Container volumes at eight major Chinese ports increased 3.4% year-on-year in early July.
Looking at export container volumes Xiamen port reported a 1.5% increase and Guangzhou port posted over 10% growth rate.
Cargo throughput at major coastal ports increased 12.1% year-on-year, the export cargo throughput increased 14.4%.
Source: Seatrade Maritime
The inactive containership fleet has ducked below the 2m teu mark for the first time in four months as the sector moves away from the bottom of the current coronavirus-inspired cycle.
Latest data from Alphaliner shows the inactive box fleet fell to 375 ships equating to 1,847,871 teu as of July 6, a drop of 471,508 teu since the analysts’ last tally in late June. Alphaliner stated in its latest weekly report that the data indicated “improving market conditions” with carriers continuing to ease their strict capacity management as global economies emerge post-lockdown. The new figures also reflect the fact that boxships have passed their peak scrubber installation period.
Source: Splash 24/7
The report makes it clear that operations in the Eastern U.S. will still be smaller than the West Coast behemoths, and China will likely remain among the country's largest trading partners. But some factors will benefit the Southeast and lead to it grow at a faster rate, according to CBRE.
One is that the countries companies are turning to as alternative trading partners have an easier time shipping to the East Coast than the West Coast, because they can access the U.S. fastest through the Suez Canal.
Source: Supply Chain Dive
Now, more than ever, as supply chains across the world are affected, port operators need to account for isolated, disruptive events that have the potential to impact not only their operations, but also their profitability.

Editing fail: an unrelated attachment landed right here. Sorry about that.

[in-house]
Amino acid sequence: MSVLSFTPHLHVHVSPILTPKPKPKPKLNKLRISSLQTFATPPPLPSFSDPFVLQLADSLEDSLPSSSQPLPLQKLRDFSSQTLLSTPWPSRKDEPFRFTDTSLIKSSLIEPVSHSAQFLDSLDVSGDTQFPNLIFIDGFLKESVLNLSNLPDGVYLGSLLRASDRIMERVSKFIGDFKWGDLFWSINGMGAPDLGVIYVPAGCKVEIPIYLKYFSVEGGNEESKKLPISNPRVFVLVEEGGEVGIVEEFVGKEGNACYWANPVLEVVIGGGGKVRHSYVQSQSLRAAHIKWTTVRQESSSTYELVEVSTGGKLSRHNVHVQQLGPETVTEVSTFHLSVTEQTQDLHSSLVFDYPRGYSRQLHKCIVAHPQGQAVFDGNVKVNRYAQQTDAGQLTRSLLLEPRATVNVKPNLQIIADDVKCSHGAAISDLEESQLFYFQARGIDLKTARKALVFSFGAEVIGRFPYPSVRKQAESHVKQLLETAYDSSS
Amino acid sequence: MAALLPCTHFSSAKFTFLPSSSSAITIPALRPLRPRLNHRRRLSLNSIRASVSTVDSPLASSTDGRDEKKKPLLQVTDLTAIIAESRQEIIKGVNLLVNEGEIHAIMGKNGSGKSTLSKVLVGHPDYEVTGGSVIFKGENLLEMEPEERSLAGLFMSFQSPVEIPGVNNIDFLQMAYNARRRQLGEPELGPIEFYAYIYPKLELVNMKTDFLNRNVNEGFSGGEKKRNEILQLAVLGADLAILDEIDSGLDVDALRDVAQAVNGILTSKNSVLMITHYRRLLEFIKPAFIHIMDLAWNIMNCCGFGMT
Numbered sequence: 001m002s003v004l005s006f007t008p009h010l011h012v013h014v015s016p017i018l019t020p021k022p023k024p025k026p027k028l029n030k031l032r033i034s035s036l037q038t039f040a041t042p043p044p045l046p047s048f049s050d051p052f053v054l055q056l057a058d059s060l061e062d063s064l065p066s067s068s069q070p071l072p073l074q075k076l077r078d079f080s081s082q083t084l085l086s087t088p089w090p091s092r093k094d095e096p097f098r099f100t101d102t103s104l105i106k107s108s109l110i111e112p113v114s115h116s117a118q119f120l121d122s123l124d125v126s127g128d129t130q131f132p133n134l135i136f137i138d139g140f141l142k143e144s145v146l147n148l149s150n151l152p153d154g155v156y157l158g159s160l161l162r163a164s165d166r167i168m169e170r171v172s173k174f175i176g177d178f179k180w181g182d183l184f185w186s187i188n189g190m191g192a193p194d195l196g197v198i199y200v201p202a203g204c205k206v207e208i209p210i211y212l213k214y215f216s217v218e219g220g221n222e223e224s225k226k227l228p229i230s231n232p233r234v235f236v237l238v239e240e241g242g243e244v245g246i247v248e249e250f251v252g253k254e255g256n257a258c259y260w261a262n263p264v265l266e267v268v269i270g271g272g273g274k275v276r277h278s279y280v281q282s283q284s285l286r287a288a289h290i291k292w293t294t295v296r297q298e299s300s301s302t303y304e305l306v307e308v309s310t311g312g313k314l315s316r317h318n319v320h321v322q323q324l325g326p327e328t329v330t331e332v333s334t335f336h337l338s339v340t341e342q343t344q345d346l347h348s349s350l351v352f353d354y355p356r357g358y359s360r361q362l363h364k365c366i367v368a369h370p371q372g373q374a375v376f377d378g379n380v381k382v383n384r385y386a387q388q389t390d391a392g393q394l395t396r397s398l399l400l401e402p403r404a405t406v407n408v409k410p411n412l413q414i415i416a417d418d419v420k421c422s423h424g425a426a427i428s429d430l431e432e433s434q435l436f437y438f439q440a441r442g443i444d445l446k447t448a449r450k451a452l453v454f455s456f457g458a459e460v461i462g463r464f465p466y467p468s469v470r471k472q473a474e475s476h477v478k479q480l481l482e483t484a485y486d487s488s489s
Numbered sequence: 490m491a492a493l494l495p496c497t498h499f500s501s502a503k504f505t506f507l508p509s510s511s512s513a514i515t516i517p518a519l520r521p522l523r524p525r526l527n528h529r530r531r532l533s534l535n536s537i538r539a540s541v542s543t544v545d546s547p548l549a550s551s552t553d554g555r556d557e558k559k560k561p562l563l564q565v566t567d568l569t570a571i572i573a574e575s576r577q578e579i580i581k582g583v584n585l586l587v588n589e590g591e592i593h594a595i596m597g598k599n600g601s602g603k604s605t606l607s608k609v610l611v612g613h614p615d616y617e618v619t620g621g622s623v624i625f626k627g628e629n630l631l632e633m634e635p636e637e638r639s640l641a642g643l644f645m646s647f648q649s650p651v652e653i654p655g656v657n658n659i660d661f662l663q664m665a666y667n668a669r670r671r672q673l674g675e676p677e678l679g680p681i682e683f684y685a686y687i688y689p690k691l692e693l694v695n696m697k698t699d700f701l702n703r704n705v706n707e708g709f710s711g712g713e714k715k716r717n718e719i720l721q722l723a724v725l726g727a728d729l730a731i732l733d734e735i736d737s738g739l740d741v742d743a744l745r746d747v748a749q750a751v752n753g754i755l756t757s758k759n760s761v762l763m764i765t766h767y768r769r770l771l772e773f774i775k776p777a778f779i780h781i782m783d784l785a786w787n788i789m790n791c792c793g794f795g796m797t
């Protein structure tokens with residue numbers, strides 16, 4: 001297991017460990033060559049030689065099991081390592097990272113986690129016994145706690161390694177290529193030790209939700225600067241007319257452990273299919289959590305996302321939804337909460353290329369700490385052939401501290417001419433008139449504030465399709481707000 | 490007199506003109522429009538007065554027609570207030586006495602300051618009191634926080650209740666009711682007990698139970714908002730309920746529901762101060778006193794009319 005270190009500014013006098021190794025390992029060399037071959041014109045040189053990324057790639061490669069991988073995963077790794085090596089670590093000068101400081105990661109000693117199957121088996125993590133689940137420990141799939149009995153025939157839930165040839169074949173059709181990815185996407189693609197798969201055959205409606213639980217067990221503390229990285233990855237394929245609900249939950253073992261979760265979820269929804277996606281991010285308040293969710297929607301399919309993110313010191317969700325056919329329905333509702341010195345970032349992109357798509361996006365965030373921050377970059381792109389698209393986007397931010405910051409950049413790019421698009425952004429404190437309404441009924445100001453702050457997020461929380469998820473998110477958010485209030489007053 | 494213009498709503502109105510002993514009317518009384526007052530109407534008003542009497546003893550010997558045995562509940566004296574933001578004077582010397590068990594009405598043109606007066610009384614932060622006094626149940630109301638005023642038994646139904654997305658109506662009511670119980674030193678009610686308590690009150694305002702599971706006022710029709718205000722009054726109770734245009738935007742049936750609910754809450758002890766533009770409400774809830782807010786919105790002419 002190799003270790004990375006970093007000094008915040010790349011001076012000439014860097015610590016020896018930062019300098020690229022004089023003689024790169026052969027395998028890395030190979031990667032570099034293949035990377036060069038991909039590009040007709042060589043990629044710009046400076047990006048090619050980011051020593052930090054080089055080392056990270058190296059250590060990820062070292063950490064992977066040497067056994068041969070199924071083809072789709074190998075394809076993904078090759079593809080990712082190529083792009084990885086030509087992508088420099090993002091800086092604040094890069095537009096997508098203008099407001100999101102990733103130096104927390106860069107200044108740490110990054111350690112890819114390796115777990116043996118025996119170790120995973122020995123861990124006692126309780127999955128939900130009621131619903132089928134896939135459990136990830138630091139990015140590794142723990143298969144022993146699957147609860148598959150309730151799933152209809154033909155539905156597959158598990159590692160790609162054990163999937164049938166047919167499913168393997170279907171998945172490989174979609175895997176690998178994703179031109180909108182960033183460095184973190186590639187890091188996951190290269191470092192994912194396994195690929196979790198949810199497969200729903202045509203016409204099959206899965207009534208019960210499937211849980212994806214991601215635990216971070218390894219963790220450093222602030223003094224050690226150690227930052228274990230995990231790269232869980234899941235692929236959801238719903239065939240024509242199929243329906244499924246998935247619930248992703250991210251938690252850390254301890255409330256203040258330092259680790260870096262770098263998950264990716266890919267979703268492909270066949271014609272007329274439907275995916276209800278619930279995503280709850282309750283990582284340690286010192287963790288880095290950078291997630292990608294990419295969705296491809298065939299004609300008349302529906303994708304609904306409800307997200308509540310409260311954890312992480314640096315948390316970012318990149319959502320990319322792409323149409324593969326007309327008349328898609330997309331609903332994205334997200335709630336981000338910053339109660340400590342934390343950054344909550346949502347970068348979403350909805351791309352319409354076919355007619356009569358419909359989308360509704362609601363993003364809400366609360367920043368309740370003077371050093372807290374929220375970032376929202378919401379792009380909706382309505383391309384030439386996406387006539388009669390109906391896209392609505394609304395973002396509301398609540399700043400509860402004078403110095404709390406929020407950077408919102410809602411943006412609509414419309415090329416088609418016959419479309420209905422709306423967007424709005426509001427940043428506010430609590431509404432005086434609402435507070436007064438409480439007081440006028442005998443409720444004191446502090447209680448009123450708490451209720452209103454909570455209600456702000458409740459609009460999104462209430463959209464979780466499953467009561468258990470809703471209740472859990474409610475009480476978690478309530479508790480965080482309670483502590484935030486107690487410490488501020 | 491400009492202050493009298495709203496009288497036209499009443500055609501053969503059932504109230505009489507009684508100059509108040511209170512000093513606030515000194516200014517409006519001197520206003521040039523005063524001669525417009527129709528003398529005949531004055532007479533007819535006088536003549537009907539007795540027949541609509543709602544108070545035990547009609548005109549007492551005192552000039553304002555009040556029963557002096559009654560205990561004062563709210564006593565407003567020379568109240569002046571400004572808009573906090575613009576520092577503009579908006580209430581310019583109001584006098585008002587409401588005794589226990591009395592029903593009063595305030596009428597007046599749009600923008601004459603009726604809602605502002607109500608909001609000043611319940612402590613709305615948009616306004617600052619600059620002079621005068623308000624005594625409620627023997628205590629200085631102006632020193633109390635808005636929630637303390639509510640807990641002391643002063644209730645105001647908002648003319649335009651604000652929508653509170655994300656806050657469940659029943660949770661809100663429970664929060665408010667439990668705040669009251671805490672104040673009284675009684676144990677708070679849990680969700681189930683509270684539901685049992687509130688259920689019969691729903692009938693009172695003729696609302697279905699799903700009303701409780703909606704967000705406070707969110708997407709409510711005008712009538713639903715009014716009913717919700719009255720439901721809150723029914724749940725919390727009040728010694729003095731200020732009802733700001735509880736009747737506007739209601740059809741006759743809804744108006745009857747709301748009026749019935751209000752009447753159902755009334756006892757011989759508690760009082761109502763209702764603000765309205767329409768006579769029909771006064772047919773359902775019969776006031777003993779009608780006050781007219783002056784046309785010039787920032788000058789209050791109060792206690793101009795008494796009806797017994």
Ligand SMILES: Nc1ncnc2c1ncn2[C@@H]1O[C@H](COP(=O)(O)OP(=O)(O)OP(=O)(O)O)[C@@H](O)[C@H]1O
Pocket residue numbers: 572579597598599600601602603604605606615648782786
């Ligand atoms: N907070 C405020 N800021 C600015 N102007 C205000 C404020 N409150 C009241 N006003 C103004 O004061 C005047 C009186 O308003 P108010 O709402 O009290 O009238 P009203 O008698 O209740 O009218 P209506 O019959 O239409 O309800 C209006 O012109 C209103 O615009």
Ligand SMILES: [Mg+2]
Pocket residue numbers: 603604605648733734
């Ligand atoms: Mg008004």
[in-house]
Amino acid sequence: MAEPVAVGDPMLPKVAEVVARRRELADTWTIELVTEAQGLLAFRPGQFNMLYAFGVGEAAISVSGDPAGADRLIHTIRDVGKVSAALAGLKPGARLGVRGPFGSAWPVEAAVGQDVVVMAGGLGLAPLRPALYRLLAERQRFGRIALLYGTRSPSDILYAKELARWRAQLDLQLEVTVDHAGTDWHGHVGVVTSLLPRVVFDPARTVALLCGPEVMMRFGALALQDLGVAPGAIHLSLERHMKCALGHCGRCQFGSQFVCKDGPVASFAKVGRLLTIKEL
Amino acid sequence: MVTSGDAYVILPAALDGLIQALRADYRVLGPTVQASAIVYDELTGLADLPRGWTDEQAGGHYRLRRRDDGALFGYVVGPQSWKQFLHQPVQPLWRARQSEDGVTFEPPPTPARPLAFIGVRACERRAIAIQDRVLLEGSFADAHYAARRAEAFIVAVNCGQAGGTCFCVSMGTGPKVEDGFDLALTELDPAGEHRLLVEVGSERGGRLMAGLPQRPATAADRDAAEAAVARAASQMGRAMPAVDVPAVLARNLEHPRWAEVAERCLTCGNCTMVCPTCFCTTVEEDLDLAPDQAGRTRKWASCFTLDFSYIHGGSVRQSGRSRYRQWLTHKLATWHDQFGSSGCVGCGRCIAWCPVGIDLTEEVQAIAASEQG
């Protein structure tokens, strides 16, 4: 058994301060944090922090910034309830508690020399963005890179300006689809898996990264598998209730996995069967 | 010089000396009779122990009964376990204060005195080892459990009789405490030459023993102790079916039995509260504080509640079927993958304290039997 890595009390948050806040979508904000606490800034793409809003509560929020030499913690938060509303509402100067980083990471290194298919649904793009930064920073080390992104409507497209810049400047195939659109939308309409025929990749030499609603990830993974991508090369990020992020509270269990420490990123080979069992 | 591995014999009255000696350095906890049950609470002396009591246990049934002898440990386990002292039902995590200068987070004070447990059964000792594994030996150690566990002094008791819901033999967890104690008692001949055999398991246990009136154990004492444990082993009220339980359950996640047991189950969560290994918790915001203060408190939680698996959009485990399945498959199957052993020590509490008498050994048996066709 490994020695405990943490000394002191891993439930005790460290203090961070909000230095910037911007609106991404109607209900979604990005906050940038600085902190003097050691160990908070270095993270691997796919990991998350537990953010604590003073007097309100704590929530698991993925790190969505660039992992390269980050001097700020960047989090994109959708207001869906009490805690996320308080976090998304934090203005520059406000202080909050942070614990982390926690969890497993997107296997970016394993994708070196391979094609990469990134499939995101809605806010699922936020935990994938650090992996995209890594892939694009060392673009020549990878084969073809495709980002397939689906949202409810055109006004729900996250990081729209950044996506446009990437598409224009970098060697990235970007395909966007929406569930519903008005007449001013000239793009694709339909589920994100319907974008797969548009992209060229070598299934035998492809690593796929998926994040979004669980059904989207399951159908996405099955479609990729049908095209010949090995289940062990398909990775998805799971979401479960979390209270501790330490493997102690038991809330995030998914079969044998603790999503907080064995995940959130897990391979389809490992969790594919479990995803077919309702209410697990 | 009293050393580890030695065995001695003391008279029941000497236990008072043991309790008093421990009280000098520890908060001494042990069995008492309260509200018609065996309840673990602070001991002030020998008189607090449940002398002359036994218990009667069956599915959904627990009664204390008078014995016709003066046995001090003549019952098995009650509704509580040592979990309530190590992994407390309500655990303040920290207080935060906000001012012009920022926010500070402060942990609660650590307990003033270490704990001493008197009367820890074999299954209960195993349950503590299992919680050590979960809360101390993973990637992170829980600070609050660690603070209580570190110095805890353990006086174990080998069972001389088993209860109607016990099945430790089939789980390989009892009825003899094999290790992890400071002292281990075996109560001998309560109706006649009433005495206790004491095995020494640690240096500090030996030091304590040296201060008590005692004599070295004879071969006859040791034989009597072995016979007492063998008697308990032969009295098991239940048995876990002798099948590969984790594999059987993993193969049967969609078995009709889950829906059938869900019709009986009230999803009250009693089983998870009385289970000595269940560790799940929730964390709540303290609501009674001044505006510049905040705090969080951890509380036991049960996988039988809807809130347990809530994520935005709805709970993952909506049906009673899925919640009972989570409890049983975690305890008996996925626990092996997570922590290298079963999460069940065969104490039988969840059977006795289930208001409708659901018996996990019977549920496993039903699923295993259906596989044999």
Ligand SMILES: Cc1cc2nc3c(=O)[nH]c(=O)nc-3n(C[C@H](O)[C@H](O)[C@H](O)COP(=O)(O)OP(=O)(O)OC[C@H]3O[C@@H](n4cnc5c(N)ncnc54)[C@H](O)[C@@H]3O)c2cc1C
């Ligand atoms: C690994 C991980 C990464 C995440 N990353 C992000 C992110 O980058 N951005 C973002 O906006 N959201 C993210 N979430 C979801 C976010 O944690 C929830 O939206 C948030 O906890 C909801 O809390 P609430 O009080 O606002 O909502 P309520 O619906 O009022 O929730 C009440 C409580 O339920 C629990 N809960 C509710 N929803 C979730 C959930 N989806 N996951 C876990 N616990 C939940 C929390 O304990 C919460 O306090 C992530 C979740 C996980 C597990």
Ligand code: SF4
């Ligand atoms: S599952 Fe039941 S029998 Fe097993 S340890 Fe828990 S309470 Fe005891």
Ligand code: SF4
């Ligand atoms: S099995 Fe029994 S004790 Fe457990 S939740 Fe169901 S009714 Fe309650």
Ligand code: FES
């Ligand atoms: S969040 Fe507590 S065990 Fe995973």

World trade increasingly relies on longer, larger and more complex port facilities and systems, with maritime transport a vital trade backbone. As such, when ports experience failures or disruption, it’s big news.
Source: The Loadstar
The COVID-19 pandemic continued to drive down demand for goods in the second quarter of 2020, according to a report from the Port of Long Beach. Port officials cited the economic impacts, which they said had resulted in an increase in canceled sailings and a decline in cargo containers shipped through the port in June.
“Canceled sailings continued to rise at a rapid rate in the second quarter as ocean carriers adjusted their voyages to a decline in demand for imports during the national COVID-19 outbreak,” said Mario Cordero, Executive Director of the Port of Long Beach. “The economic challenges may persist for some time, but the Port of Long Beach continues to invest in infrastructure projects that will meet the needs of our customers.”
Source: The Maritime Executive
The UK logistics industry has welcomed more clarity in the government’s new border operating model, but has warned that many details are still lacking, making the timeframes “extremely challenging”.
The 206-page document, published yesterday, outlines protocols for borders and differing commodities, but a lot relies on new technology, which is either not completed or not currently compatible with industry systems.
However, the British International Freight Association (BIFA) welcomed an acknowledgement that forwarders play a crucial role in managing customs procedures.
Source: The Loadstar
The European Union will seek to diversify its supply chains to cut reliance on other nations for crucial assets such as medicines, even as it works to strengthen trade ties with India, the bloc’s top diplomat said.
The reevaluation by the group of 27 countries will mark a shift similar to moves made after the oil crisis in the 1970s when Europe faced high prices amid fuel shortages, said the group’s foreign policy chief Josep Borrell in an email interview ahead of Wednesday’s India-EU trade summit.
Source: Supply Chain Brain